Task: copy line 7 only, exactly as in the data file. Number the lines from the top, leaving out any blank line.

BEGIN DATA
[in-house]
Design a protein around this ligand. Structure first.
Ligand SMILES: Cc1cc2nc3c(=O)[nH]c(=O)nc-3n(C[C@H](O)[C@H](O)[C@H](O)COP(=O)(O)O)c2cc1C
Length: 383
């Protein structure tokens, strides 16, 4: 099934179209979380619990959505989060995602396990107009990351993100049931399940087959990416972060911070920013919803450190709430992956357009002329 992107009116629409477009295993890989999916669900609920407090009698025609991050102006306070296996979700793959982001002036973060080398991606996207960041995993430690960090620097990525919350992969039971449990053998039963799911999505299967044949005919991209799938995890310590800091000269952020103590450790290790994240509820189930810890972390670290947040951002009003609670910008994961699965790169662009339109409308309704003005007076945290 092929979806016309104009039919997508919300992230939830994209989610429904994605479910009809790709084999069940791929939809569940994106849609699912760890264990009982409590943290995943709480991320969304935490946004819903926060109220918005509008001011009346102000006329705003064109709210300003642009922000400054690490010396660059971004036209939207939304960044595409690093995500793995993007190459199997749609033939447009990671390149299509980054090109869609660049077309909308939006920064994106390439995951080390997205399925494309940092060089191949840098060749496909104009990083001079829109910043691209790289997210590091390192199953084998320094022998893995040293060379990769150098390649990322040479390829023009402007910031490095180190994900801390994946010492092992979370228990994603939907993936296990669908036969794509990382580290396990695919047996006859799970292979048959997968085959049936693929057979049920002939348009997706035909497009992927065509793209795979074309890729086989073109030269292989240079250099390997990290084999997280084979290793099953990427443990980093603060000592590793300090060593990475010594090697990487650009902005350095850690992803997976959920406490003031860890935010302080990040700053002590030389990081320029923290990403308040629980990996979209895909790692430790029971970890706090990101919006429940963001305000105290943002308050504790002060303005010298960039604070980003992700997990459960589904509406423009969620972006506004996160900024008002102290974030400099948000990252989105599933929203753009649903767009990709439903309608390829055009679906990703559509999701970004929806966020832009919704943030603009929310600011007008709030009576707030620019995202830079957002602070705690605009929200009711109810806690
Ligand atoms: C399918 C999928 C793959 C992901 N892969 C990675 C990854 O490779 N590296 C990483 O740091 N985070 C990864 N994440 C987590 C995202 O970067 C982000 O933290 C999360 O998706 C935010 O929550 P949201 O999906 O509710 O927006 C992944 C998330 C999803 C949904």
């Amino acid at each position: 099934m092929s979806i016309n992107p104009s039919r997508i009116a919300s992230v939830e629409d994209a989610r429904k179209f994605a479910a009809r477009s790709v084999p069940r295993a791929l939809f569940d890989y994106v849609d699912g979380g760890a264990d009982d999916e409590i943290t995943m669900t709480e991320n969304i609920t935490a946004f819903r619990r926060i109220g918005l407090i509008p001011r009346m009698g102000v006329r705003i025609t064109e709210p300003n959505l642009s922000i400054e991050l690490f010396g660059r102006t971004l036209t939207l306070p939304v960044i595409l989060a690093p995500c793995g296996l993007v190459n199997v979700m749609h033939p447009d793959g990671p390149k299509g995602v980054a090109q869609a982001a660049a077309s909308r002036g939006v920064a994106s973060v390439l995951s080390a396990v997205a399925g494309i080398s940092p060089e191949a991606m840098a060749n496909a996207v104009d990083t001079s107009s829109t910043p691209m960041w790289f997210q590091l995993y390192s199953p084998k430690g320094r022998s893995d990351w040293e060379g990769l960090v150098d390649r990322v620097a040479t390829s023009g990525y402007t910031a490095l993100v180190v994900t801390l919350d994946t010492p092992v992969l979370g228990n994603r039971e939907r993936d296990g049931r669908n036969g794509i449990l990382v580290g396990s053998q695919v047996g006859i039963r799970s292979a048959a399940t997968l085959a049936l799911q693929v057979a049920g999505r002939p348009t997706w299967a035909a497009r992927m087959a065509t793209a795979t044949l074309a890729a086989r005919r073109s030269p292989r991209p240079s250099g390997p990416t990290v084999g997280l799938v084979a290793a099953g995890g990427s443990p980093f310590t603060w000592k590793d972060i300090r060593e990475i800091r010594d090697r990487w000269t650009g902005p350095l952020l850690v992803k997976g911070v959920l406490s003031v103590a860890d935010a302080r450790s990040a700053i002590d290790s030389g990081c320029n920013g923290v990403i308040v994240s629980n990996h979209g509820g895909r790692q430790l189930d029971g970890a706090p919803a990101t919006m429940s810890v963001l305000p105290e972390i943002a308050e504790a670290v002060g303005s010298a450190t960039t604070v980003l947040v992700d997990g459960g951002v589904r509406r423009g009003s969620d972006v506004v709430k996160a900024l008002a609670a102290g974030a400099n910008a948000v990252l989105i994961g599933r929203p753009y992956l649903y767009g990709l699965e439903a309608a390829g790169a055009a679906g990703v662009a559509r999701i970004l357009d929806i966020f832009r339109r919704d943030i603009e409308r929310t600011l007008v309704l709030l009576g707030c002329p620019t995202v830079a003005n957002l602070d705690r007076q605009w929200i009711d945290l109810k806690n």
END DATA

């Amino acid at each position: 099934m092929s979806i016309n992107p104009s039919r997508i009116a919300s992230v939830e629409d994209a989610r429904k179209f994605a479910a009809r477009s790709v084999p069940r295993a791929l939809f569940d890989y994106v849609d699912g979380g760890a264990d009982d999916e409590i943290t995943m669900t709480e991320n969304i609920t935490a946004f819903r619990r926060i109220g918005l407090i509008p001011r009346m009698g102000v006329r705003i025609t064109e709210p300003n959505l642009s922000i400054e991050l690490f010396g660059r102006t971004l036209t939207l306070p939304v960044i595409l989060a690093p995500c793995g296996l993007v190459n199997v979700m749609h033939p447009d793959g990671p390149k299509g995602v980054a090109q869609a982001a660049a077309s909308r002036g939006v920064a994106s973060v390439l995951s080390a396990v997205a399925g494309i080398s940092p060089e191949a991606m840098a060749n496909a996207v104009d990083t001079s107009s829109t910043p691209m960041w790289f997210q590091l995993y390192s199953p084998k430690g320094r022998s893995d990351w040293e060379g990769l960090v150098d390649r990322v620097a040479t390829s023009g990525y402007t910031a490095l993100v180190v994900t801390l919350d994946t010492p092992v992969l979370g228990n994603r039971e939907r993936d296990g049931r669908n036969g794509i449990l990382v580290g396990s053998q695919v047996g006859i039963r799970s292979a048959a399940t997968l085959a049936l799911q693929v057979a049920g999505r002939p348009t997706w299967a035909a497009r992927m087959a065509t793209a795979t044949l074309a890729a086989r005919r073109s030269p292989r991209p240079s250099g390997p990416t990290v084999g997280l799938v084979a290793a099953g995890g990427s443990p980093f310590t603060w000592k590793d972060i300090r060593e990475i800091r010594d090697r990487w000269t650009g902005p350095l952020l850690v992803k997976g911070v959920l406490s003031v103590a860890d935010a302080r450790s990040a700053i002590d290790s030389g990081c320029n920013g923290v990403i308040v994240s629980n990996h979209g509820g895909r790692q430790l189930d029971g970890a706090p919803a990101t919006m429940s810890v963001l305000p105290e972390i943002a308050e504790a670290v002060g303005s010298a450190t960039t604070v980003l947040v992700d997990g459960g951002v589904r509406r423009g009003s969620d972006v506004v709430k996160a900024l008002a609670a102290g974030a400099n910008a948000v990252l989105i994961g599933r929203p753009y992956l649903y767009g990709l699965e439903a309608a390829g790169a055009a679906g990703v662009a559509r999701i970004l357009d929806i966020f832009r339109r919704d943030i603009e409308r929310t600011l007008v309704l709030l009576g707030c002329p620019t995202v830079a003005n957002l602070d705690r007076q605009w929200i009711d945290l109810k806690n």